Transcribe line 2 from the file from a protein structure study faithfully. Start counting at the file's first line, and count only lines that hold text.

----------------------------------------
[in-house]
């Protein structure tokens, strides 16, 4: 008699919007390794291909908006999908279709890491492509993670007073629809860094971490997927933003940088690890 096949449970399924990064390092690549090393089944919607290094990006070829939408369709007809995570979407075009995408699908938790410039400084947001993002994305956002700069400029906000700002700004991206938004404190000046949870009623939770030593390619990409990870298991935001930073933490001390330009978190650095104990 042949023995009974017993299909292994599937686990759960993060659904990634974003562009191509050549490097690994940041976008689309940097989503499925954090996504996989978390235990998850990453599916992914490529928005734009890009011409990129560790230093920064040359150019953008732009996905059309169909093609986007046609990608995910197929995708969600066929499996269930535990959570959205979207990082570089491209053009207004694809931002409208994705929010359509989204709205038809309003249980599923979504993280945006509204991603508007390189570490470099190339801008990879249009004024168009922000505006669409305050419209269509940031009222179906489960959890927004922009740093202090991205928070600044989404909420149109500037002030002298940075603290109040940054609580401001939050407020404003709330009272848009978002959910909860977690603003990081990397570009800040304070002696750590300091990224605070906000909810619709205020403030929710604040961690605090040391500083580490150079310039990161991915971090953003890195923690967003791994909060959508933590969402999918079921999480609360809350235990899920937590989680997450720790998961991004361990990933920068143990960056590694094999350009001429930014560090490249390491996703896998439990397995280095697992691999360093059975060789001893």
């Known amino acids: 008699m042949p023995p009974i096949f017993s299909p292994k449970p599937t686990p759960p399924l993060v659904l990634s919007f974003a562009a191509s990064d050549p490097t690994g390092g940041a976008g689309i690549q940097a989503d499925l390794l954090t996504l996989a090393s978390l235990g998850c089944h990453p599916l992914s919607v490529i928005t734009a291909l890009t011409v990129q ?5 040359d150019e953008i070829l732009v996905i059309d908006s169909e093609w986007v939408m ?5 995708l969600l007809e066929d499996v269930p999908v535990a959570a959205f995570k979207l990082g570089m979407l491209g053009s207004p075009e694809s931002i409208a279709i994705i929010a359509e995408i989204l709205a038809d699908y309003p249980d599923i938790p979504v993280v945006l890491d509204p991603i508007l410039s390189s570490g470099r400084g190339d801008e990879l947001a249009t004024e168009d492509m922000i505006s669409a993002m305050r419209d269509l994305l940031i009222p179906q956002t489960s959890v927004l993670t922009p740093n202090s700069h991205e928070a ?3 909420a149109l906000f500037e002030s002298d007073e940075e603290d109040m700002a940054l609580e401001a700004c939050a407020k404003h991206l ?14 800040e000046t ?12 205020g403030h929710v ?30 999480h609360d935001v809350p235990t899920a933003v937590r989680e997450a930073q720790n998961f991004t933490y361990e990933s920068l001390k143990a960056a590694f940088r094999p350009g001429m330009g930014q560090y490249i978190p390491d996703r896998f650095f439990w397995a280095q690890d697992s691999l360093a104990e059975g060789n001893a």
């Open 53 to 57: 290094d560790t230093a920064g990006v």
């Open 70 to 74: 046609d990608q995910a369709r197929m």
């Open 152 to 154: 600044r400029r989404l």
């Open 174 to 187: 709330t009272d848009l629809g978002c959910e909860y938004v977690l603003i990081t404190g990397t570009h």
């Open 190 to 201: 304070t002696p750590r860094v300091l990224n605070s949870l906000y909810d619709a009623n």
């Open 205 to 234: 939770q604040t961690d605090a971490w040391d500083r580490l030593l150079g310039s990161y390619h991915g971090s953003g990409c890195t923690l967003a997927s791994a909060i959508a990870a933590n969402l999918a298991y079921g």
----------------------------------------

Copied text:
């Protein structure tokens, strides 16, 4: 008699919007390794291909908006999908279709890491492509993670007073629809860094971490997927933003940088690890 096949449970399924990064390092690549090393089944919607290094990006070829939408369709007809995570979407075009995408699908938790410039400084947001993002994305956002700069400029906000700002700004991206938004404190000046949870009623939770030593390619990409990870298991935001930073933490001390330009978190650095104990 042949023995009974017993299909292994599937686990759960993060659904990634974003562009191509050549490097690994940041976008689309940097989503499925954090996504996989978390235990998850990453599916992914490529928005734009890009011409990129560790230093920064040359150019953008732009996905059309169909093609986007046609990608995910197929995708969600066929499996269930535990959570959205979207990082570089491209053009207004694809931002409208994705929010359509989204709205038809309003249980599923979504993280945006509204991603508007390189570490470099190339801008990879249009004024168009922000505006669409305050419209269509940031009222179906489960959890927004922009740093202090991205928070600044989404909420149109500037002030002298940075603290109040940054609580401001939050407020404003709330009272848009978002959910909860977690603003990081990397570009800040304070002696750590300091990224605070906000909810619709205020403030929710604040961690605090040391500083580490150079310039990161991915971090953003890195923690967003791994909060959508933590969402999918079921999480609360809350235990899920937590989680997450720790998961991004361990990933920068143990960056590694094999350009001429930014560090490249390491996703896998439990397995280095697992691999360093059975060789001893």